Retail media networks are booming, with Marriott and Ulta recently entering the segment. Increasingly, they’ll be priority advertising venues, for two reasons: They connect directly with known shoppers, and they provide valuable behavioral insights.
With supply outpacing brand budgets, marketers need to get retail right.
I recently polled 39 brands; only 21% were happy with how they’re spending their retail media budgets. That’s because most marketers (61%, according to research we conducted in April) are making three critical mistakes:
Spending based on historical channel sales. Most brands allocate retail media as a percentage of channel sales. So, if Amazon represents 10% of sales, it will get 10% of the total ad budget. The approach precludes incumbent channels like Ulta and other important platforms like Instacart and GoPuff that aren’t technically retailers.
Making ROAS the default target metric. Many marketers have fixated on ROAS (return on advertising spend) because it’s easy to calculate and compare across channels. While this metric indicates profitability in advertising, this approach undermines growth brands that need to invest beyond immediate sales.
Foregoing a test-and-learn budget. Most brands neglect to allocate a small percentage of advertising budgets to new media platforms, advertising types, and strategies. As a result, they fail to create the space to innovate. Test-and-learn has compelling financial results: Advertisers that adopt new ad types within the first three months typically see 8% greater total sales than those that don’t.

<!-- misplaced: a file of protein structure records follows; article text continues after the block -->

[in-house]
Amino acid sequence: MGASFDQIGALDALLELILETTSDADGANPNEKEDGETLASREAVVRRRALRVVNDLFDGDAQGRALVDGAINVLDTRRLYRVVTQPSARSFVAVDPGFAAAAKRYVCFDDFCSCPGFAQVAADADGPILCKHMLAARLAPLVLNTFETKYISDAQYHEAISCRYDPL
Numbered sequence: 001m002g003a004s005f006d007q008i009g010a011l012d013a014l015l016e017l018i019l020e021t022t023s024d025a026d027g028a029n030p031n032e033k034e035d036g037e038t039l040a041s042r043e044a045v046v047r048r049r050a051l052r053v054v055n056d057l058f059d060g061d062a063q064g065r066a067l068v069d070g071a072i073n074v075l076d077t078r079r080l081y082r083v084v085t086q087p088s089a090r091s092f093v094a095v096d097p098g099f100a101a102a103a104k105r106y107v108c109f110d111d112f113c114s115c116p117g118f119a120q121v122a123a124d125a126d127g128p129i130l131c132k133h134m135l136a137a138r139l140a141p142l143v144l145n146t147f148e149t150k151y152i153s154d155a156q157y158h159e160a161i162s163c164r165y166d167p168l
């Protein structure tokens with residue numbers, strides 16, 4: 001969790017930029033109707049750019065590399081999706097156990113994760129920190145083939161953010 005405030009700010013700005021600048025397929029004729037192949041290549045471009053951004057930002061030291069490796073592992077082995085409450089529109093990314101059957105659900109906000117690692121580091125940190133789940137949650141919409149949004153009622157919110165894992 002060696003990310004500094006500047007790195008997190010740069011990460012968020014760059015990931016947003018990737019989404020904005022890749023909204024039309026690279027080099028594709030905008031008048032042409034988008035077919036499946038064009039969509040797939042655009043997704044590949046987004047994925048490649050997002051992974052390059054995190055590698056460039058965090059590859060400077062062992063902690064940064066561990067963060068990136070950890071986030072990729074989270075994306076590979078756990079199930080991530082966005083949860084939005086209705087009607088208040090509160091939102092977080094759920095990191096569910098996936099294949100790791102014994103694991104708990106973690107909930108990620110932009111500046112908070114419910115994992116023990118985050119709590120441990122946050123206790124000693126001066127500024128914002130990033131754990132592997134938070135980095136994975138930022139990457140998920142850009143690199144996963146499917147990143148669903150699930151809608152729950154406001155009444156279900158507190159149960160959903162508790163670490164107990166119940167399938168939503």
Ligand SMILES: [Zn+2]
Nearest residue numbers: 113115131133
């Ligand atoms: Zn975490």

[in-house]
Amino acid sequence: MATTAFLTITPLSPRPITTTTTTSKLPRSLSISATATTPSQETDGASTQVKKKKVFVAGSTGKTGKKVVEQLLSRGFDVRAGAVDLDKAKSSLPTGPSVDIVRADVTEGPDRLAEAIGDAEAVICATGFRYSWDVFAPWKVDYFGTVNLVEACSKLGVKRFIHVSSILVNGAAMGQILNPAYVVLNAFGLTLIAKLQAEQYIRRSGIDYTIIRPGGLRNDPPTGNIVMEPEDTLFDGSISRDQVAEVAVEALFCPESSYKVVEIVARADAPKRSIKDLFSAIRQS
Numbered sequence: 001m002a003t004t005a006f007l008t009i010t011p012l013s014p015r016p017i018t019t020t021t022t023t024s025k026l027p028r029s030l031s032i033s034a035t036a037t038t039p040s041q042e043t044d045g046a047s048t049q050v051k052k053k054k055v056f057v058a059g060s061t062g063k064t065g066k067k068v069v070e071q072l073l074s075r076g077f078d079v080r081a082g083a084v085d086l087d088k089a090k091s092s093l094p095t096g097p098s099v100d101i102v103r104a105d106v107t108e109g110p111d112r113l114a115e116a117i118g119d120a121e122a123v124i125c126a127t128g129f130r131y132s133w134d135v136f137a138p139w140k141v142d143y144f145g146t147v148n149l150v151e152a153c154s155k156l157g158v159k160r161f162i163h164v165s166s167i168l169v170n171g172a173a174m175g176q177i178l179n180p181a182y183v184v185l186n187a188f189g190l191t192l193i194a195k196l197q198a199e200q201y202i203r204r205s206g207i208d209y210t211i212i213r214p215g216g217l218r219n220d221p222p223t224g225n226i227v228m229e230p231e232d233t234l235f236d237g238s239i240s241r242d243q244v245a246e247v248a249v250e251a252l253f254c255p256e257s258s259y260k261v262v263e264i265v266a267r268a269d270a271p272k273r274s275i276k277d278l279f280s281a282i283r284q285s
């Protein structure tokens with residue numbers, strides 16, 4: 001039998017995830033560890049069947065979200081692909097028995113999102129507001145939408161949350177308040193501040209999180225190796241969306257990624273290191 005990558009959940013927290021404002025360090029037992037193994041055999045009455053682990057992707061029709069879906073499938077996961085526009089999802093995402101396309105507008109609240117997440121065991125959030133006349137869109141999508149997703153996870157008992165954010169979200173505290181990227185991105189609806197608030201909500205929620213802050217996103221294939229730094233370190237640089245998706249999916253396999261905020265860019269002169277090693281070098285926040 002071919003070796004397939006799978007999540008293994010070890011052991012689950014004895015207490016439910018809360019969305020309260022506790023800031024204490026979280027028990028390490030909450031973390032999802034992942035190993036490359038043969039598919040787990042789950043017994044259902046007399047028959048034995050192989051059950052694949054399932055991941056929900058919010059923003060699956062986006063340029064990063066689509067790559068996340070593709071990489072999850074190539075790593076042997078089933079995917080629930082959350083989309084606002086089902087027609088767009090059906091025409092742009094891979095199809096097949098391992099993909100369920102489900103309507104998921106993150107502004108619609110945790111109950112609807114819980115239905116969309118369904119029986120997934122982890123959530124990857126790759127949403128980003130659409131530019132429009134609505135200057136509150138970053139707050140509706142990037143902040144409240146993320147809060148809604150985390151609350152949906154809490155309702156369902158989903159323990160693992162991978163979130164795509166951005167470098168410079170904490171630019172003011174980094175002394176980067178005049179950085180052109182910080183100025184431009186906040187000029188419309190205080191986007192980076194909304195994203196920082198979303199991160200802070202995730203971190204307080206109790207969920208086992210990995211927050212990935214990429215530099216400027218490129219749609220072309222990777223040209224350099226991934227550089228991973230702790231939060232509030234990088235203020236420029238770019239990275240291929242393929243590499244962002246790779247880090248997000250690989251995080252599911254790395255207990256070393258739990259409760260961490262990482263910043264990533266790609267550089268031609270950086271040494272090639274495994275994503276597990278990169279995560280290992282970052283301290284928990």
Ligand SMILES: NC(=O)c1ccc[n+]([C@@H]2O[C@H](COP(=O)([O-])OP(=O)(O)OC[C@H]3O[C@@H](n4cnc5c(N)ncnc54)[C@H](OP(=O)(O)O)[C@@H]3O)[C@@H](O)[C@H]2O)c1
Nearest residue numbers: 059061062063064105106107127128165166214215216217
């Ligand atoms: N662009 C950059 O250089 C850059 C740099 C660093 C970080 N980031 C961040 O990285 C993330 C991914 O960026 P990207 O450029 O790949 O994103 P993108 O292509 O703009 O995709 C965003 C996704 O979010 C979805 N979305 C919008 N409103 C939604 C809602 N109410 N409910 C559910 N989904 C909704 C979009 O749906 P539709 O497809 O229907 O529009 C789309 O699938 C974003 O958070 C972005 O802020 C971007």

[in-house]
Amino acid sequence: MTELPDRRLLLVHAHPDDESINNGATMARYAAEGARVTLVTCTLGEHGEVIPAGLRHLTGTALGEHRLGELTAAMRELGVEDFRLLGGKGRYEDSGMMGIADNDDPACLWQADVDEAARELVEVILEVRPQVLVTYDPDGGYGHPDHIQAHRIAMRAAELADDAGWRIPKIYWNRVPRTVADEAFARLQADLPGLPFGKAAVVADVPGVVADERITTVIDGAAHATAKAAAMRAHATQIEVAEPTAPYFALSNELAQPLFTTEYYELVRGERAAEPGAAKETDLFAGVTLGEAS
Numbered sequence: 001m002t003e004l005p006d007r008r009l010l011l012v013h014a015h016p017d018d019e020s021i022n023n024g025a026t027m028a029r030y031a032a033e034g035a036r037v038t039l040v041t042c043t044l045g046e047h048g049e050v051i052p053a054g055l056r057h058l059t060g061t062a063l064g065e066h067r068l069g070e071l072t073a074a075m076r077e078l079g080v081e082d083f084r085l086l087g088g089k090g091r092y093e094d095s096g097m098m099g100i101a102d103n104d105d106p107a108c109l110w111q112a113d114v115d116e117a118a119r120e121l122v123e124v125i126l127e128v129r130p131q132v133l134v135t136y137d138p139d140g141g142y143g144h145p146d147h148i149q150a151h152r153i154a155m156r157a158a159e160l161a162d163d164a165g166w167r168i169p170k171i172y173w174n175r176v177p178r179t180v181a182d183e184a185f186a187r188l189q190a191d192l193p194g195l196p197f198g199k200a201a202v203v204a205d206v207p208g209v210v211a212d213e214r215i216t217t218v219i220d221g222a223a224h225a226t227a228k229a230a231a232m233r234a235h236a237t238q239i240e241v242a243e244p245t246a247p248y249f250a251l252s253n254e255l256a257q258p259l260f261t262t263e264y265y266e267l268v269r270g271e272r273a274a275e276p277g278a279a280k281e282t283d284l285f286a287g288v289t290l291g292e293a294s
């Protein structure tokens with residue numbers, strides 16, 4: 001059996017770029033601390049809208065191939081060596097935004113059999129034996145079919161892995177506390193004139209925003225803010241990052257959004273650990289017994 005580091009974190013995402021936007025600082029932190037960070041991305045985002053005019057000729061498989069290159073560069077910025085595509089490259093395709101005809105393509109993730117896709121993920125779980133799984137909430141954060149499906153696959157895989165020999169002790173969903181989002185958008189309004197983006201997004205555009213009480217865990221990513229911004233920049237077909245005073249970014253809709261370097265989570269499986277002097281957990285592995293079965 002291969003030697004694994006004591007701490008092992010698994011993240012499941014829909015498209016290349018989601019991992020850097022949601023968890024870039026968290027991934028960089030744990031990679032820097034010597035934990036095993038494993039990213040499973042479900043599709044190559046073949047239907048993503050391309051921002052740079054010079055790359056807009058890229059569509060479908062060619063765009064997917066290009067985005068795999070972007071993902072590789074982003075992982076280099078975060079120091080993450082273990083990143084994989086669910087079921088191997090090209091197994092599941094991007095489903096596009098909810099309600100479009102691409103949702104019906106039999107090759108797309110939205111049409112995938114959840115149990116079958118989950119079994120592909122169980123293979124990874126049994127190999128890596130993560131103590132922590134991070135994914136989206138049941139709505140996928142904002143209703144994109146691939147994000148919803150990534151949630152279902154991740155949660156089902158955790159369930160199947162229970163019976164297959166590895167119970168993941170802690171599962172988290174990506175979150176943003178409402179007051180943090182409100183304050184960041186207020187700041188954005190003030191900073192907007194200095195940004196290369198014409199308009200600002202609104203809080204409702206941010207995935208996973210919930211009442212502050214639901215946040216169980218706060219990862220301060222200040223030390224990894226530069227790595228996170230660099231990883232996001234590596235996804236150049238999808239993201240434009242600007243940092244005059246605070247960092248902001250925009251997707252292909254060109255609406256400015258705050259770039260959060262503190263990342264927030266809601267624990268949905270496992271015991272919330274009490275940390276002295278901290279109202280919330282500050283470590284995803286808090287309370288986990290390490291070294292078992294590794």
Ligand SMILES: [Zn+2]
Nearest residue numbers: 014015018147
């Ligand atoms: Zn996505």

There’s a simple solution: Allocate media budgets based on the marketing funnel.
Every retail media platform comes with its own universe of ad types and audience targeting options, each of which are suitable for a different stage of the shopping journey. Marketers need to map available options according to where target consumers are in the journey.
Doing so will identify the subset that precisely meets the brand’s ultimate objective, whether it’s awareness, consideration, purchase, or loyalty -- so budgets can flow where the brand stands to gain the most.
Early results are promising. Using this model, one sports nutrition brand saw a 33% increase in its branded search term volume (its key performance metric) over a four-month period, and 10% year over year.